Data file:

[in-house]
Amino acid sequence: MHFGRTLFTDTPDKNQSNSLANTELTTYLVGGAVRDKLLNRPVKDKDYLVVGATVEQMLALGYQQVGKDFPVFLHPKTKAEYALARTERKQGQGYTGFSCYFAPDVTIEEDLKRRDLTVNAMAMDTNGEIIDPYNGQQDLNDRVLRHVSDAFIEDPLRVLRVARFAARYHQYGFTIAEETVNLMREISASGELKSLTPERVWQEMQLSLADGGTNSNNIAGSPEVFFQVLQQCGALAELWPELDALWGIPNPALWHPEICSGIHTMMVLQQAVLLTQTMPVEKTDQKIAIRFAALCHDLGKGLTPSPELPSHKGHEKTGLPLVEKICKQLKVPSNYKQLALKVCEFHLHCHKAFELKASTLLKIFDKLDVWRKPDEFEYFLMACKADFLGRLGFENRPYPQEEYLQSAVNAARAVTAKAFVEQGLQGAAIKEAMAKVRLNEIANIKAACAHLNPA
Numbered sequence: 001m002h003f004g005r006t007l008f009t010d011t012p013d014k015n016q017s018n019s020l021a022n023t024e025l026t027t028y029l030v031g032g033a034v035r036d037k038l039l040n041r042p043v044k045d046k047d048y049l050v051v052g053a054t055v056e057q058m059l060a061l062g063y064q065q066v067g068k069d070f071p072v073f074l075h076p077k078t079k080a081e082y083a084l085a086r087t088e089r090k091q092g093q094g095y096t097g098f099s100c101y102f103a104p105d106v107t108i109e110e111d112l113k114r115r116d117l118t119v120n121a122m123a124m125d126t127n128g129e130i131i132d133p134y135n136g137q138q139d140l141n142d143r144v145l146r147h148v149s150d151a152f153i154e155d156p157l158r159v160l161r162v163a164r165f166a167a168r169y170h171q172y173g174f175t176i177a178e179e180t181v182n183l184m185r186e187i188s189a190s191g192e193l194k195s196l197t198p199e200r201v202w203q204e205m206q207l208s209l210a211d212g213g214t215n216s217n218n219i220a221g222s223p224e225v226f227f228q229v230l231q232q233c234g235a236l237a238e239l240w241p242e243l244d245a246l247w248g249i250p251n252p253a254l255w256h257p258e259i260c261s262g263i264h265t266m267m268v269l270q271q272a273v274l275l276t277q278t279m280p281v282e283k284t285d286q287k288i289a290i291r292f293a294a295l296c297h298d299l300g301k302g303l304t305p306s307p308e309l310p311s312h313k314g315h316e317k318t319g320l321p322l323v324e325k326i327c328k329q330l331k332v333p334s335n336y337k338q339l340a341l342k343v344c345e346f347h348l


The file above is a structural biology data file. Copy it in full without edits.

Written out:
[in-house]
Amino acid sequence: MHFGRTLFTDTPDKNQSNSLANTELTTYLVGGAVRDKLLNRPVKDKDYLVVGATVEQMLALGYQQVGKDFPVFLHPKTKAEYALARTERKQGQGYTGFSCYFAPDVTIEEDLKRRDLTVNAMAMDTNGEIIDPYNGQQDLNDRVLRHVSDAFIEDPLRVLRVARFAARYHQYGFTIAEETVNLMREISASGELKSLTPERVWQEMQLSLADGGTNSNNIAGSPEVFFQVLQQCGALAELWPELDALWGIPNPALWHPEICSGIHTMMVLQQAVLLTQTMPVEKTDQKIAIRFAALCHDLGKGLTPSPELPSHKGHEKTGLPLVEKICKQLKVPSNYKQLALKVCEFHLHCHKAFELKASTLLKIFDKLDVWRKPDEFEYFLMACKADFLGRLGFENRPYPQEEYLQSAVNAARAVTAKAFVEQGLQGAAIKEAMAKVRLNEIANIKAACAHLNPA
Numbered sequence: 001m002h003f004g005r006t007l008f009t010d011t012p013d014k015n016q017s018n019s020l021a022n023t024e025l026t027t028y029l030v031g032g033a034v035r036d037k038l039l040n041r042p043v044k045d046k047d048y049l050v051v052g053a054t055v056e057q058m059l060a061l062g063y064q065q066v067g068k069d070f071p072v073f074l075h076p077k078t079k080a081e082y083a084l085a086r087t088e089r090k091q092g093q094g095y096t097g098f099s100c101y102f103a104p105d106v107t108i109e110e111d112l113k114r115r116d117l118t119v120n121a122m123a124m125d126t127n128g129e130i131i132d133p134y135n136g137q138q139d140l141n142d143r144v145l146r147h148v149s150d151a152f153i154e155d156p157l158r159v160l161r162v163a164r165f166a167a168r169y170h171q172y173g174f175t176i177a178e179e180t181v182n183l184m185r186e187i188s189a190s191g192e193l194k195s196l197t198p199e200r201v202w203q204e205m206q207l208s209l210a211d212g213g214t215n216s217n218n219i220a221g222s223p224e225v226f227f228q229v230l231q232q233c234g235a236l237a238e239l240w241p242e243l244d245a246l247w248g249i250p251n252p253a254l255w256h257p258e259i260c261s262g263i264h265t266m267m268v269l270q271q272a273v274l275l276t277q278t279m280p281v282e283k284t285d286q287k288i289a290i291r292f293a294a295l296c297h298d299l300g301k302g303l304t305p306s307p308e309l310p311s312h313k314g315h316e317k318t319g320l321p322l323v324e325k326i327c328k329q330l331k332v333p334s335n336y337k338q339l340a341l342k343v344c345e346f347h348l